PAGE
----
On Capital Punishment

February 8, 2011

A few weeks ago I participated in a religious colloquium on the death penalty: a subject that always provokes some controversy. It was a panel discussion of various religious leaders in the City of Houston, who shared their reflections on this issue. I was asked to be the Catholic representative; also present were leaders from the Methodist, Lutheran, Presbyterian and Baptist communities, as well as a Rabbi from the Jewish community. (The Texas Catholic Herald covered the event.)

Each leader, from his or her own distinctive faith perspective and personal conviction, expressed opposition to the imposition of the death penalty. The reasons adduced were multiple; a rich tapestry of reflection upon human life emerged in the course of the presentations and the follow-up questions from the audience. It proved to be an excellent means of thinking about ending this practice, especially in Texas.

Social issues of any gravity involve a moral dimension. They concern what it means to be a human being and how we are to live together. Thus, they need to be discussed widely in the public square. A religious viewpoint belongs in the public conversation because it takes seriously the moral dimension of any social (and thus human) question. Likewise politics and political judgments are involved in social questions, but partisan political considerations neither exhaust the understanding of the issues nor cancel other modes of thinking about and analyzing them.

In my presentation I began with a clear statement of the devastation to families and communities that the murder of a loved one or friend can bring. We have an obligation to care for and support those who have been affected by the crime of murder. The support for victims of crime requires energy and compassion. Such support also requires a fitting search for justice. Further, justice is not to be confused with vengeance.

In the Catechism of the Catholic Church, some very succinct remarks about the death penalty are given. Catholic teaching, based on the revealed Word of God and Scripture, is also founded on right reason or what the tradition calls natural law. The State has an obligation to guard the common good and needs to curb the spread of any behavior harmful to people's rights and the basic laws of society. It is the right of legitimate public authority to inflict punishment that is congruent or proportionate to the seriousness of the crime or offense. The punishment redresses the disorder caused by the crime and has a medicinal purpose, as well as a purpose of maintaining public order and safety.

The traditional teaching of the Church is that as long as guilt has been fully and responsibly determined, recourse to the death penalty is not excluded where there is no other means of effectively defending human lives against an unjust aggressor. The Catechism immediately adds that where non-lethal means are sufficient to defend and protect society from aggressors, then public authority should limit itself to using those means, since they are more in keeping with the dignity of the human person.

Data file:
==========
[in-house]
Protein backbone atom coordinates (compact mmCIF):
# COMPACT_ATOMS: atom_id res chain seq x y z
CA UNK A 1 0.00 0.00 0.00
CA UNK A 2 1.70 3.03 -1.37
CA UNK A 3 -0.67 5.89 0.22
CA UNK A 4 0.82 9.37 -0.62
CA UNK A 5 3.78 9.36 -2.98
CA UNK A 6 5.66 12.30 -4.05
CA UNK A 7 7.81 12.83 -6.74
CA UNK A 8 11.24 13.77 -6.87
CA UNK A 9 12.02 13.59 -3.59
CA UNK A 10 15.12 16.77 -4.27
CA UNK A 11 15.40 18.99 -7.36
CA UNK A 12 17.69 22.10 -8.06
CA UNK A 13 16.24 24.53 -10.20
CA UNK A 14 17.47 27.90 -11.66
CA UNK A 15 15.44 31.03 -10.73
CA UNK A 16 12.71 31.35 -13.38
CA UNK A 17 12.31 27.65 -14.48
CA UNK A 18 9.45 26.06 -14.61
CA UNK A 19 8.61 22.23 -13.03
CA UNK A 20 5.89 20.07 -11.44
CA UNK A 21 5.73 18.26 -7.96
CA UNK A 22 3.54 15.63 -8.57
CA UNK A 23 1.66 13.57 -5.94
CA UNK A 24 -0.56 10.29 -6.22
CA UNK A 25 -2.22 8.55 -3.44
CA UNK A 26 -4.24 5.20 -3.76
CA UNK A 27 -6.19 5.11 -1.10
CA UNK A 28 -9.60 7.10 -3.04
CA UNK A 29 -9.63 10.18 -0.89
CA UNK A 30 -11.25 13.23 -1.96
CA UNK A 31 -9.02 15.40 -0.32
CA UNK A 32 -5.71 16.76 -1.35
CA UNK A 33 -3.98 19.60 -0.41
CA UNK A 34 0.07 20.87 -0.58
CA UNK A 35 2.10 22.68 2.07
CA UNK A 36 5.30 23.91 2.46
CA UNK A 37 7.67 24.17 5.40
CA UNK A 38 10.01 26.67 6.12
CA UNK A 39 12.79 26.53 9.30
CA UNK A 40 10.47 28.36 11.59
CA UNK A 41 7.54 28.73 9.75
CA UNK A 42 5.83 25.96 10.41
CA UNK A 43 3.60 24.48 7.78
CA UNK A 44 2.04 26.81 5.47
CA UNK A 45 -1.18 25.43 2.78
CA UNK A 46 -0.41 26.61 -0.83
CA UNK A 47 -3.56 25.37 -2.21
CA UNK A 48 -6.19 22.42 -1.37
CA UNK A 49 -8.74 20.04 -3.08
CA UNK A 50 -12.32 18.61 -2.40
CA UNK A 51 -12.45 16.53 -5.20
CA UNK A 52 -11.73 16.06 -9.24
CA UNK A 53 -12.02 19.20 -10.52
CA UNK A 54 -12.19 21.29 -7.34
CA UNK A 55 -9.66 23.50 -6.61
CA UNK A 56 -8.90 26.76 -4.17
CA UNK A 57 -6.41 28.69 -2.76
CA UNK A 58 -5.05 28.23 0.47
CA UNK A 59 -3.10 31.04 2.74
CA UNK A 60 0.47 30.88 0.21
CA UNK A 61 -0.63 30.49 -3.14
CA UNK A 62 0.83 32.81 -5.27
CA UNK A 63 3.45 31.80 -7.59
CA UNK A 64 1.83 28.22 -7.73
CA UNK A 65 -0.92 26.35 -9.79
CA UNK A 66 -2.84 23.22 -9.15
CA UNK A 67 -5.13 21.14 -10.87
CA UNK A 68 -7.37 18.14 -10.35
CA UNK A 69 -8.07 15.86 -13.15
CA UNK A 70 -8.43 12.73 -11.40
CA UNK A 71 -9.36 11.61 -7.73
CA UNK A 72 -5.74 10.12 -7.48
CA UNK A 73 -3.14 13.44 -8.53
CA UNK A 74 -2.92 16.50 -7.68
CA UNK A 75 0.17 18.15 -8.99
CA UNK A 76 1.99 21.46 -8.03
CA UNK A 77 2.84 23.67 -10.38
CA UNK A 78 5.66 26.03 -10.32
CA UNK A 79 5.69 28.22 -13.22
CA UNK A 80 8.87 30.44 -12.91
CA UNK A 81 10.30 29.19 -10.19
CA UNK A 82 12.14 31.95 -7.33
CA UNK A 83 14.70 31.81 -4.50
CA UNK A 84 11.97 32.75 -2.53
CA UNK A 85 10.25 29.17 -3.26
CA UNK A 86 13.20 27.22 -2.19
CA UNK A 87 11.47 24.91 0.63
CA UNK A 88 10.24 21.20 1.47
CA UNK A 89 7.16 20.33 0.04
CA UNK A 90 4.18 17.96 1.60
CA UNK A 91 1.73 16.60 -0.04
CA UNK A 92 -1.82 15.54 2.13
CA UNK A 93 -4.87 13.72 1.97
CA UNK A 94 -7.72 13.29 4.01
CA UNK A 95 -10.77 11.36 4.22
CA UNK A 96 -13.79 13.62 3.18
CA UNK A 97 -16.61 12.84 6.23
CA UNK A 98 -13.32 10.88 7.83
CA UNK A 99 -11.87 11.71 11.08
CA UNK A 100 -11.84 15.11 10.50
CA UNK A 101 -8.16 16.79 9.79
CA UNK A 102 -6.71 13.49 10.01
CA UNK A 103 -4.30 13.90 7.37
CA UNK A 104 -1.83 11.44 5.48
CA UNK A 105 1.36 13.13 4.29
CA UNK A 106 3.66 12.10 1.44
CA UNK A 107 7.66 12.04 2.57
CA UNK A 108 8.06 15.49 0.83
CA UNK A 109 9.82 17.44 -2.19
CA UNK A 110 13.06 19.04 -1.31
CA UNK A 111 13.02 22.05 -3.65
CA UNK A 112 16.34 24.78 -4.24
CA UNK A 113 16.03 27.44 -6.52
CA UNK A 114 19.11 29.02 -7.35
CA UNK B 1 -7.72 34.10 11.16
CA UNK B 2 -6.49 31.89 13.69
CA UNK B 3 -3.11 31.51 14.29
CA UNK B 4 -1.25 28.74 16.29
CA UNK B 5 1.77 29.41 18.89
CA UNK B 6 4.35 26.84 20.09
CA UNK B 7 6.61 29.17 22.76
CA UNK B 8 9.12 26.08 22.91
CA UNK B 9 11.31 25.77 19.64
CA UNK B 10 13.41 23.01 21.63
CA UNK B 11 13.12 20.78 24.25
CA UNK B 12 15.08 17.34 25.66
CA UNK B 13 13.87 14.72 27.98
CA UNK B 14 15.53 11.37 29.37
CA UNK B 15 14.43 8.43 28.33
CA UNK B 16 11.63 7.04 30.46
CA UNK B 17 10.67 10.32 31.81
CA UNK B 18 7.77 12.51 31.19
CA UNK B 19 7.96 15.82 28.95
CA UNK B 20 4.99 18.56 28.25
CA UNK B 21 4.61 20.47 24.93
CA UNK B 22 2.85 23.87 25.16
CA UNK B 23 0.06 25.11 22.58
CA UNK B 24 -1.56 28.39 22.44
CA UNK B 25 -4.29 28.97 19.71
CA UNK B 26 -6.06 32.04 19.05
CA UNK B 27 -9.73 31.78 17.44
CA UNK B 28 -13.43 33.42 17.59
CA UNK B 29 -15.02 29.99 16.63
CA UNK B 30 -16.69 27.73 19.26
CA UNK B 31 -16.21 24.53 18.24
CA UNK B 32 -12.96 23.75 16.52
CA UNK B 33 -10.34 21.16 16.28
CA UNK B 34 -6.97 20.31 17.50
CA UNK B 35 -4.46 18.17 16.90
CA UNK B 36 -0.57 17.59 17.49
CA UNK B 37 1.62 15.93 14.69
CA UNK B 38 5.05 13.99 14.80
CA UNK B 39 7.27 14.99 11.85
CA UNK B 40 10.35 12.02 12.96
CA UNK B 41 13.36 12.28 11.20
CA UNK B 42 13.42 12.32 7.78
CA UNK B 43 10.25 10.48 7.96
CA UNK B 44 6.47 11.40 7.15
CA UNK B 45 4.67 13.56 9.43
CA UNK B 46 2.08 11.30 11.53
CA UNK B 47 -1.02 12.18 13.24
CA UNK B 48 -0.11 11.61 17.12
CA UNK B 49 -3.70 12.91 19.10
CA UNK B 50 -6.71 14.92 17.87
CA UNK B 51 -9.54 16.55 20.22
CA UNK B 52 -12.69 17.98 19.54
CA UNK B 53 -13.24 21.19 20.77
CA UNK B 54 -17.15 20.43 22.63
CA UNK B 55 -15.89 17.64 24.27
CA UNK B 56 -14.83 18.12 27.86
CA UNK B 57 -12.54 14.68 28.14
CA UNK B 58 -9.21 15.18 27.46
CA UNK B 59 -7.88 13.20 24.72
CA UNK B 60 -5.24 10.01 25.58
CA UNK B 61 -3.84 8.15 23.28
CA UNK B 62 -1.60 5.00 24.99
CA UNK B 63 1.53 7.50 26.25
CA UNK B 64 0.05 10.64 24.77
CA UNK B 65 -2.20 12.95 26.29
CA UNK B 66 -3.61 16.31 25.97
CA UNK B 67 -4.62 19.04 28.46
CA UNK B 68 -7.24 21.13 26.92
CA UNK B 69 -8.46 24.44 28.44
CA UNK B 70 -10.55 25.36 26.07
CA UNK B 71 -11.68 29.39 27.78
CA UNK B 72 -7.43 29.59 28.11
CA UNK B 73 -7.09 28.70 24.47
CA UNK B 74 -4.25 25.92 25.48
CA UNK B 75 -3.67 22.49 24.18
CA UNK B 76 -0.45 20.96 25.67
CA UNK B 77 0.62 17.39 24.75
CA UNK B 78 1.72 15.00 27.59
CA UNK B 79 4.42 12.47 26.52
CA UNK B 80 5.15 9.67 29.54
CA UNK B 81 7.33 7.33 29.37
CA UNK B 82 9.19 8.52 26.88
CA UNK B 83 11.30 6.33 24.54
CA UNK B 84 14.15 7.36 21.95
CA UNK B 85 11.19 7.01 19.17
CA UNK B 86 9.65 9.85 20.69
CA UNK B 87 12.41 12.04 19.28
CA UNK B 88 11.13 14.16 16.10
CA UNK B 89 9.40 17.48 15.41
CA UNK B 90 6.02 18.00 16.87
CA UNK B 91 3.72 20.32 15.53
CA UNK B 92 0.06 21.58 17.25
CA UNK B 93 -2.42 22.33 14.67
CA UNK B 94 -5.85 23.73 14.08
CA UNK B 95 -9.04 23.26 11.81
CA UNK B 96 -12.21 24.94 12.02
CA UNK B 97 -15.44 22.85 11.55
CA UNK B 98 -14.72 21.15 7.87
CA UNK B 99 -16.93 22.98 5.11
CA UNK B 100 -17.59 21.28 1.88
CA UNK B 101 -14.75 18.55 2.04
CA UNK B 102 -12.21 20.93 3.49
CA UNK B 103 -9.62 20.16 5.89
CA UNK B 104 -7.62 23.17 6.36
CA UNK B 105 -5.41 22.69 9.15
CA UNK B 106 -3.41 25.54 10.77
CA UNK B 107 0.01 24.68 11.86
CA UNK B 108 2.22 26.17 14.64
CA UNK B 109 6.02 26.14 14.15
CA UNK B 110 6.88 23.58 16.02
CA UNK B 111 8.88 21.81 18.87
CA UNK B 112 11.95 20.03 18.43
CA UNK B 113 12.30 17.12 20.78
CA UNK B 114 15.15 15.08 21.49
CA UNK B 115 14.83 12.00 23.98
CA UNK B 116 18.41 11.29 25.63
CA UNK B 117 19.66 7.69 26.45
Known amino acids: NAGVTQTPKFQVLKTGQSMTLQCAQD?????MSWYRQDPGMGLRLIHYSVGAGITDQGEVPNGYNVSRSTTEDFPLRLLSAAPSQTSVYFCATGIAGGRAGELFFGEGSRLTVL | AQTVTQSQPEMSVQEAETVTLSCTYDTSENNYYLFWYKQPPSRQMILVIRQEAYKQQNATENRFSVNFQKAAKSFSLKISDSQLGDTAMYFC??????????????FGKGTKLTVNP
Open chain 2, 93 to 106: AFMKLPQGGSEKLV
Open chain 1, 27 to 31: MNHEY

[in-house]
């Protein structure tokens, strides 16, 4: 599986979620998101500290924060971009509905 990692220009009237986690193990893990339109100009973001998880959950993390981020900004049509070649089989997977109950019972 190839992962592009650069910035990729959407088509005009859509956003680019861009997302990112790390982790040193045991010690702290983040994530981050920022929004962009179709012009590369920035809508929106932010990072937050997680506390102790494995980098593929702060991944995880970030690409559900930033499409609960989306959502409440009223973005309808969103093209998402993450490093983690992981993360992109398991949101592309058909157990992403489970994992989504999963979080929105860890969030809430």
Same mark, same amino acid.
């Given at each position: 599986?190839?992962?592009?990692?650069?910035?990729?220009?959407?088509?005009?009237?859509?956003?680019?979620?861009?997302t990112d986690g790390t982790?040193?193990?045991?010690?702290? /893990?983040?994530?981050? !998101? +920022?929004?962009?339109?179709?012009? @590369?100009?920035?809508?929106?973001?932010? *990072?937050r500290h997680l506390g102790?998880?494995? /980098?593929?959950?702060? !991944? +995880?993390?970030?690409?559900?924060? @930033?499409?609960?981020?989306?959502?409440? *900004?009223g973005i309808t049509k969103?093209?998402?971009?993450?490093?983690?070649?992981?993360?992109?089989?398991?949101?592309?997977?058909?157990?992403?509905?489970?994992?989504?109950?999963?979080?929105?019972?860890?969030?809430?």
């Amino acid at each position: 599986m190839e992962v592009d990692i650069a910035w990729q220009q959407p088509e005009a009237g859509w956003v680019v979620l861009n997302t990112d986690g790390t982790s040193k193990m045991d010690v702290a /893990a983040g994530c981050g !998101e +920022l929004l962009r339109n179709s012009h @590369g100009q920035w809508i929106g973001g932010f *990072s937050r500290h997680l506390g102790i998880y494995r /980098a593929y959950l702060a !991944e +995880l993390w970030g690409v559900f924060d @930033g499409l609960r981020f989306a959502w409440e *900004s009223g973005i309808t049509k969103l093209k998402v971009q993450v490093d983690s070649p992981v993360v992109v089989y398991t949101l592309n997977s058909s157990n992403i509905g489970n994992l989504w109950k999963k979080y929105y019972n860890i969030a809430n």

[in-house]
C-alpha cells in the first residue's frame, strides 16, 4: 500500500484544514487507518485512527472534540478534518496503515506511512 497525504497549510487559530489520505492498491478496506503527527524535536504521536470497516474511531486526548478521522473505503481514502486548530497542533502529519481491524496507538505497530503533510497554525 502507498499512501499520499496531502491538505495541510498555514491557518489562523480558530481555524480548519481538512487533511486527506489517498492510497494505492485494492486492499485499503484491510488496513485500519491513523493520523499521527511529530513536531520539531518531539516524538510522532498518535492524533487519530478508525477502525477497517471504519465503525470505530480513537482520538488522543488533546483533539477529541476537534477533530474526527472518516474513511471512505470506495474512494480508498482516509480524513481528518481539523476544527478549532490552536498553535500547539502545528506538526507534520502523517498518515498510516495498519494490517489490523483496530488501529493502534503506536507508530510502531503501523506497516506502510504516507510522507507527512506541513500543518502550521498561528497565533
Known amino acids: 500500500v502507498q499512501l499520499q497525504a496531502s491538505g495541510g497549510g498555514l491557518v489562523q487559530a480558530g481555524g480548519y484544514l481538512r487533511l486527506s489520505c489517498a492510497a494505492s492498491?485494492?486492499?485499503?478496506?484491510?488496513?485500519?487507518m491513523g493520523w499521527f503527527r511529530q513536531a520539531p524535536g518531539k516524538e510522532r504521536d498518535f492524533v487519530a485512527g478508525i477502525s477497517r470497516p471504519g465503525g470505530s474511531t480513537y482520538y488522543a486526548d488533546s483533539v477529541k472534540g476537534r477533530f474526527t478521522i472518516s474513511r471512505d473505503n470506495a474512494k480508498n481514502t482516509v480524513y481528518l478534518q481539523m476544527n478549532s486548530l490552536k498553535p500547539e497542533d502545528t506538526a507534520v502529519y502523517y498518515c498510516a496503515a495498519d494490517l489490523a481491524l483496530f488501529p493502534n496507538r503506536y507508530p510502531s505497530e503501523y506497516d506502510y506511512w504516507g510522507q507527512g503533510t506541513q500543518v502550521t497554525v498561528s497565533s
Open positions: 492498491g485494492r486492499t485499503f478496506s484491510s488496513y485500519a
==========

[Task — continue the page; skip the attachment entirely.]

The Catechism then goes on to quote Pope John Paul II in his encyclical, "The Gospel of Life." There he stated that in conditions today— in which the State can effectively prevent crime by rendering an unjust aggressor incapable of doing further harm — the cases for an absolute necessity of executing offenders are very rare, if not practically non-existent. This small but important development in Church teaching is helpful in our Catholic reflections on the death penalty. The Bishops of the Catholic Church in the United States have been working for years to end the practice of capital punishment in our country. All of us need to continue our own thinking and conviction on this issue, wherever we are on the spectrum of analysis on this issue, and seriously consider the teaching of our faith on the use of the death penalty.

In the Respect Life packet of materials sent out last year by the Pro-Life Office of the United States Conference of Catholic Bishops, there is an interesting pamphlet by Bishop Robert Finn, Ordinary of Kansas City-St. Joseph (Missouri). He writes that the obligations of justice need to be met, but that Divine Mercy, while never violating justice, transcends a human "ought." Every person, no matter how sinful and flawed, has a final purpose and call to salvation — "one that we ought not too easily or unnecessarily preempt."

Accepting punishment can be a good for a perpetrator; from the view of the common good of society the acceptance of punishment can be orchestrated in such a way that does not definitively cut off the perpetrator's invitation and acceptance of a deeper redemption. This is surely a religious argument but should not be dismissed for that reason as we ponder the responsibilities of government in defense and protection of its people. I hope that we will continue to reflect on this significant issue and unpack more completely the wise teaching contained in the Catechism of the Catholic Church. †